One of the most frustrating things about picking up a new skill or hobby is that there is almost inevitably a period where everything is hard and nothing goes right. Back at the end of April, I told you about how I struggled at my motorcycle Basic RiderCourse, and how it was so difficult for me that I nearly wanted to give up. I also committed to myself and to you that I would get back on the bike and try again, because that’s what we do when we get in over our heads. Starting that very weekend, I did. Let me tell you how it’s been going.
If you remember back to then, I left that class not able to work the clutch lever on a motorcycle in any meaningful way. The “friction” zone on the class loaner bike’s clutch being physically out of reach for me meant that I couldn’t “feather” the lever to slowly start moving from a stop, the first step in learning how to operate the machine. Without being able to feather the clutch, you can’t maneuver at low speeds and you can’t change gears to go faster than a few miles per hour, so it’s a pretty key piece of the puzzle. My learner motorcycle at home, a Honda Rebel 250, is fortunately a better fit so getting a feel for the clutch was actually possible. More importantly, I was able to work on that micro skill in much lower pressure environment and instead of sharing an instructor’s attention with a half-dozen other students, I had several tutors focused just on me. It could have been overwhelming, but they worked hard to lessen the pressure and work at a pace that made me comfortable. A high learner to teacher ratio and standard class pacing might work for most people, but sometimes you need more individual attention. There’s nothing wrong with that, especially if you don’t fall into the average student mold many classes are built for. Many physical skills require intensive personal coaching, after all, like the music lessons I took as a child.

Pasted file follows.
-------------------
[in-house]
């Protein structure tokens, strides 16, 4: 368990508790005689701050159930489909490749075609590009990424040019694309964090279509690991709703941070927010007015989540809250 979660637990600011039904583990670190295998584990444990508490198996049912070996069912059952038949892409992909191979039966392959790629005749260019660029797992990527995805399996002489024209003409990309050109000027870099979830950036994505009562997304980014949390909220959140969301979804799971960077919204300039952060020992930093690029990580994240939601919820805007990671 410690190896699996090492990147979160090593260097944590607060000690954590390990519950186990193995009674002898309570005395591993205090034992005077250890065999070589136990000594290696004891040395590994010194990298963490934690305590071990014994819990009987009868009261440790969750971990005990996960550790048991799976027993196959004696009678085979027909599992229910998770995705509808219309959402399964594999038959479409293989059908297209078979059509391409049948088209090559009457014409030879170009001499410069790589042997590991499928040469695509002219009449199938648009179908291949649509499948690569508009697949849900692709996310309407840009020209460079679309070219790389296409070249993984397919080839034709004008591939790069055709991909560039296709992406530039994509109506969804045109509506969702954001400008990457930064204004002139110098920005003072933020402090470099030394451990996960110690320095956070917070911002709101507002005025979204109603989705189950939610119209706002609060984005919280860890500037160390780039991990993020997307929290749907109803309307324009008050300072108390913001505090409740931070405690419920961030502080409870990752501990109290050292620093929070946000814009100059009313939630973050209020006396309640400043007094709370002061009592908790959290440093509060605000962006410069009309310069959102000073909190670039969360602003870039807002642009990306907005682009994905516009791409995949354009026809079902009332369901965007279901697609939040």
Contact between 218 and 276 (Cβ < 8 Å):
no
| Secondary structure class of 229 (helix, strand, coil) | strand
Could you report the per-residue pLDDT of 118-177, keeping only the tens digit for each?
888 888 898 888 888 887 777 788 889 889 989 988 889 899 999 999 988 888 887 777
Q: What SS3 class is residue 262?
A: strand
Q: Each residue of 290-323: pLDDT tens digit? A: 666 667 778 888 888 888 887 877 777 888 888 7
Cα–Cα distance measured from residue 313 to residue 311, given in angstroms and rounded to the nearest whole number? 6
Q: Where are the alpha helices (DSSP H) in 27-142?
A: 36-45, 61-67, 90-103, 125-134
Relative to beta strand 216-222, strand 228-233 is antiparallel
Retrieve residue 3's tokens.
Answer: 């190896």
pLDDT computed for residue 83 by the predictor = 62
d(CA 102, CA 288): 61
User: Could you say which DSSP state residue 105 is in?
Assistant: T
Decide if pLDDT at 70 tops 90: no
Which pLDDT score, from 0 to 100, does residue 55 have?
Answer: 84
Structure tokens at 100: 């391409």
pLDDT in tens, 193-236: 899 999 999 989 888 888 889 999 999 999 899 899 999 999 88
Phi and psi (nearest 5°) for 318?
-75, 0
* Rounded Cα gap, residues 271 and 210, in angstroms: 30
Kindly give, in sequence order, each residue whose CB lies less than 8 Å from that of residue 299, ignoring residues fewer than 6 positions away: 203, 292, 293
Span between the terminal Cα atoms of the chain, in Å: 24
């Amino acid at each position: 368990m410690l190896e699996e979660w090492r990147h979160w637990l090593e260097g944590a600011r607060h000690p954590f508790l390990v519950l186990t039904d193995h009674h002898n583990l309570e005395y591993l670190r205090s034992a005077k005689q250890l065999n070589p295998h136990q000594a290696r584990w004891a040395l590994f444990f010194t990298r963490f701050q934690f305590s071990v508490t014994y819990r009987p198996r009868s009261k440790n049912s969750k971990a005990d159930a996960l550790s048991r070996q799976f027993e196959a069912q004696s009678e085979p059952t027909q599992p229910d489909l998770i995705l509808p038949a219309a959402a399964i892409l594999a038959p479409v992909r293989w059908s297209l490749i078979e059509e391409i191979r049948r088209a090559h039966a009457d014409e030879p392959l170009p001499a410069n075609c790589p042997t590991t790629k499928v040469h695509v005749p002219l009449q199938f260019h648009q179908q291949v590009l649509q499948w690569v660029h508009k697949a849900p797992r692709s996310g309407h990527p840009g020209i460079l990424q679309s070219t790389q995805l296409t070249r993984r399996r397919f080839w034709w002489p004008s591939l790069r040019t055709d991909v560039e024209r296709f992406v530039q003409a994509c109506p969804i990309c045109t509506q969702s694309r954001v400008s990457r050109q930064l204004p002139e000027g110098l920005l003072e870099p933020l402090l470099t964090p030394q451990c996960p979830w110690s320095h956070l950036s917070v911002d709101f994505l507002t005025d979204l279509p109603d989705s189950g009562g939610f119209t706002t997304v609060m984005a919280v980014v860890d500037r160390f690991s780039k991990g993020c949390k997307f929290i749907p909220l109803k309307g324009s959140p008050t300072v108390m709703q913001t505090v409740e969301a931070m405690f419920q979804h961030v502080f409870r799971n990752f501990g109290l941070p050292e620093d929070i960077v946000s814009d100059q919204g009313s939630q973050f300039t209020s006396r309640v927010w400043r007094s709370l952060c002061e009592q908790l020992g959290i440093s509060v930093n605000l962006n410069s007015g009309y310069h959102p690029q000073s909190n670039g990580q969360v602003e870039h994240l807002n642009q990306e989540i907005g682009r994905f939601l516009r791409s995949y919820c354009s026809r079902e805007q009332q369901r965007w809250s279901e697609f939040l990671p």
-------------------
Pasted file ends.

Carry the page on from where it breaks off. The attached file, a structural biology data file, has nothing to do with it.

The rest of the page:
It’s rare that we start something we’ve never done before and are instantly good at it. That’s especially true when we are learning new ways of moving our bodies, or figuring out new wiring between our heads and our bodies. It can take a certain amount of time and a certain number of repetitions for that newness to really settle into something you can call on. We could dig deep into neuroscience and learning theory but the important takeaways? Sometimes, you do need to take breaks and even sleep while you are learning something new, so that your brain can process the new information and really get to know it on a deeper level where it actually becomes available for action. When you get started again, it might take a bit of time to get back up to the same competency level you were at before, but you probably won’t start from zero again if the break hasn’t been too long. You also need to do a new thing many, many times before you myelinate the neural pathways – groove the muscle memory, some might say – and make the movement natural. At first, it will just feel weird. Then it will require focus and concentrate to perform correctly. Only after you’ve practiced it enough will it become natural enough that you can do it without thinking, when a level of unconscious competence is achieved. All of this is normal and none of it can be entirely shortcut around even if the number of repetitions needed for any one individual is debatable.